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Very interesting findings and something you can read a lot on the forums.
Have you compared the dynamic range, too?

We see that people are having severe issues with colors (on negative film in particular) and with dust and scratches on DSLR scans.
Have you tried using SilverFast HDR Studio for that matter? It works with standard 48bit tiff files and offers the same tools for adjusting colors that the scan soft does.
There is also SRDx - a dust and scratch removal tool which works great with Kodachromes and black and white film.

Here is a review on the dust and scratch removal, besides IR cleaning, of course:
SilverFast Ai Studio 8 Scanner Software Review | Shutterbug
06-24-2016, 05:12 AM   #23
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QuoteOriginally posted by LSI_Horn Quote
Very interesting findings and something you can read a lot on the forums.
Have you compared the dynamic range, too?

We see that people are having severe issues with colors (on negative film in particular) and with dust and scratches on DSLR scans.
Have you tried using SilverFast HDR Studio for that matter? It works with standard 48bit tiff files and offers the same tools for adjusting colors that the scan soft does.
There is also SRDx - a dust and scratch removal tool which works great with Kodachromes and black and white film.

Here is a review on the dust and scratch removal, besides IR cleaning, of course:
SilverFast Ai Studio 8 Scanner Software Review | Shutterbug
I would be interested to see the other forums you mentioned if you can post their links.
I have some initial observations about dynamic range and will follow-up on this.

The review on SilverFast HDR Studio looks promising - do you have and use it? Does it only work during a scan or can it work on existing files such as does from DSLR scans?

BTW, Coolcans+Nikonscan ICE works on Kodachrome with the 9000 being perfect as in the example above as well as below. The 5000 shows some aberrations and the V500+Epsonscan ICE is worst.


Larger version Kodachrome & ICE

---------- Post added 06-24-16 at 08:23 AM ----------

QuoteOriginally posted by LSI_Horn Quote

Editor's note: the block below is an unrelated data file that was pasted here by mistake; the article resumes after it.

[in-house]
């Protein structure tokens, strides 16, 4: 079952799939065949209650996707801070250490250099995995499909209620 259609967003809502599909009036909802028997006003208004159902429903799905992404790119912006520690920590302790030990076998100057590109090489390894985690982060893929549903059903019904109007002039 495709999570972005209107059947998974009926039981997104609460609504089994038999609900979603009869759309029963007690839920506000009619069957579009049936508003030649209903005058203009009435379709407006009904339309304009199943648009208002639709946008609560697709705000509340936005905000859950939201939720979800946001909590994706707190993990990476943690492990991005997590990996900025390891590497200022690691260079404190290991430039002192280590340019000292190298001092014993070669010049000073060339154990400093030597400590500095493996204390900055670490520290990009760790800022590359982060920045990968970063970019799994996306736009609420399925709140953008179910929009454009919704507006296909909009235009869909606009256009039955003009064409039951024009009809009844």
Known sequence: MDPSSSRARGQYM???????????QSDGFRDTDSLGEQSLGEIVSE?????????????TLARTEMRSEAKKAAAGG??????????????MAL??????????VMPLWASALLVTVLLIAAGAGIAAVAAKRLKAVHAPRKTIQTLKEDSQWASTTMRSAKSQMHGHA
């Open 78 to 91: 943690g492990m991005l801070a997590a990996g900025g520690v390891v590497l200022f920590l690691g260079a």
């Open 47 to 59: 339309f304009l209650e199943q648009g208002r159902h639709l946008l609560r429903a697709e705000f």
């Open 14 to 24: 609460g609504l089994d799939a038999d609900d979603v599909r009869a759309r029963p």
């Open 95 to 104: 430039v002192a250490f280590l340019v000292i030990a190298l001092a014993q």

LSI Support Team
Just noticed this.

06-24-2016, 05:44 AM   #24
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QuoteOriginally posted by wkraus Quote
...How did you scan these?
With a Coolscan 9000ED
06-24-2016, 09:47 AM   #25
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QuoteOriginally posted by tuco Quote
With a Coolscan 9000ED
Thanks!
06-27-2016, 12:57 AM   #26
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QuoteOriginally posted by LesDMess Quote
I would be interested to see the other forums you mentioned if you can post their links.
I have some initial observations about dynamic range and will follow-up on this.
The review on SilverFast HDR Studio looks promising - do you have and use it? Does it only work during a scan or can it work on existing files such as does from DSLR scans?
SilverFast HDR Studio can work on standard 48bit tiffs and on the raw format files coming from our scanning solution Ai Studio. You'd need to convert your raw files if you use camera raw data.
HDR Studio offers the most important tools, making post-processing in Photoshop a lot easier and faster, if not unnecessary.
Of course the workflow in SilverFast is lossless and non-destructive. You don't need to be afraid of bad results.

There are a lot of interesting articles about DSLR vs scanner. I picked up some of the more recent for you since DSLR have made quite some progress.
I am always astonished about how much money and time people invest into finding a set up that works with their camera,
and into learning how to process the resulting scans in Photoshop until quality is ok.

Digitalize Slides: DSLR with Macro or Scanner?: Open Talk Forum: Digital Photography Review
Using a DSLR w/macro instead of a scanner to digitize film negs - Photo.net B&W Photo - Film & Processing Forum
Scanning without a Scanner: Digitizing Your Film with a DSLR | explora
https://www.pentaxforums.com/forums/107-film-processing-scanning-darkroom/322...ides-dslr.html
Why You Should Digitize Your Film Using a Camera Instead of a Scanner
https://www.pentaxforums.com/forums/22-pentax-camera-field-accessories/170530...er-k-dslr.html
https://www.flickr.com/photos/gregmoll/sets/72157622121204478/